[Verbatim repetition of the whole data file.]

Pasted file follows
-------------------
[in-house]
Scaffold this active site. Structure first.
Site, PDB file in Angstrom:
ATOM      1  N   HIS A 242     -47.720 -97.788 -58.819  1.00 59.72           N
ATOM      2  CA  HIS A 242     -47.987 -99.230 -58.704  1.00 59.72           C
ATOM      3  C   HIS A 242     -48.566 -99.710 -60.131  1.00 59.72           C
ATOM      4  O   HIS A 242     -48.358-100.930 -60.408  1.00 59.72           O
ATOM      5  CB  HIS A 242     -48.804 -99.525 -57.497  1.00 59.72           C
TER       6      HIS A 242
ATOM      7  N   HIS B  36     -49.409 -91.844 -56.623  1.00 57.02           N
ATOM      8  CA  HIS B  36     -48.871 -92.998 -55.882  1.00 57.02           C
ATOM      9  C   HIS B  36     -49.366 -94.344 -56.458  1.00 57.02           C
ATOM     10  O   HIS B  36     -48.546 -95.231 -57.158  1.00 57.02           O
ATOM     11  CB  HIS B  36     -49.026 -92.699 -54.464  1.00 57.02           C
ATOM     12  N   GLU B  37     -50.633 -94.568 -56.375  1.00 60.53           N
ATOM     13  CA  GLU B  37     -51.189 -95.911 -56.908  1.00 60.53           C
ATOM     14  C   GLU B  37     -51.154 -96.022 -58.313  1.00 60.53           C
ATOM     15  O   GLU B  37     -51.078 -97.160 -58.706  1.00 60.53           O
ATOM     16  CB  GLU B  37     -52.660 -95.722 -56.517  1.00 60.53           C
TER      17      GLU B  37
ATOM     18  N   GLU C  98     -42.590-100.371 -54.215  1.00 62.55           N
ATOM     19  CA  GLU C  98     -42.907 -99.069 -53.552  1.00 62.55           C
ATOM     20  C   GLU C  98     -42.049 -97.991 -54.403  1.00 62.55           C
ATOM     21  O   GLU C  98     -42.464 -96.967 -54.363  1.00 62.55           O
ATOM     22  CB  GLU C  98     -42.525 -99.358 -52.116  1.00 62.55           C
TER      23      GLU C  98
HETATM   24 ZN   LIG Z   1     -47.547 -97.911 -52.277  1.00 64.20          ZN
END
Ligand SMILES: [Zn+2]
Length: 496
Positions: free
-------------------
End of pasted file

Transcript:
[in-house]
Scaffold this active site. Structure first.
Site, PDB file in Angstrom:
ATOM      1  N   HIS A 242     -47.720 -97.788 -58.819  1.00 59.72           N
ATOM      2  CA  HIS A 242     -47.987 -99.230 -58.704  1.00 59.72           C
ATOM      3  C   HIS A 242     -48.566 -99.710 -60.131  1.00 59.72           C
ATOM      4  O   HIS A 242     -48.358-100.930 -60.408  1.00 59.72           O
ATOM      5  CB  HIS A 242     -48.804 -99.525 -57.497  1.00 59.72           C
TER       6      HIS A 242
ATOM      7  N   HIS B  36     -49.409 -91.844 -56.623  1.00 57.02           N
ATOM      8  CA  HIS B  36     -48.871 -92.998 -55.882  1.00 57.02           C
ATOM      9  C   HIS B  36     -49.366 -94.344 -56.458  1.00 57.02           C
ATOM     10  O   HIS B  36     -48.546 -95.231 -57.158  1.00 57.02           O
ATOM     11  CB  HIS B  36     -49.026 -92.699 -54.464  1.00 57.02           C
ATOM     12  N   GLU B  37     -50.633 -94.568 -56.375  1.00 60.53           N
ATOM     13  CA  GLU B  37     -51.189 -95.911 -56.908  1.00 60.53           C
ATOM     14  C   GLU B  37     -51.154 -96.022 -58.313  1.00 60.53           C
ATOM     15  O   GLU B  37     -51.078 -97.160 -58.706  1.00 60.53           O
ATOM     16  CB  GLU B  37     -52.660 -95.722 -56.517  1.00 60.53           C
TER      17      GLU B  37
ATOM     18  N   GLU C  98     -42.590-100.371 -54.215  1.00 62.55           N
ATOM     19  CA  GLU C  98     -42.907 -99.069 -53.552  1.00 62.55           C
ATOM     20  C   GLU C  98     -42.049 -97.991 -54.403  1.00 62.55           C
ATOM     21  O   GLU C  98     -42.464 -96.967 -54.363  1.00 62.55           O
ATOM     22  CB  GLU C  98     -42.525 -99.358 -52.116  1.00 62.55           C
TER      23      GLU C  98
HETATM   24 ZN   LIG Z   1     -47.547 -97.911 -52.277  1.00 64.20          ZN
END
Ligand SMILES: [Zn+2]
Length: 496
Positions: free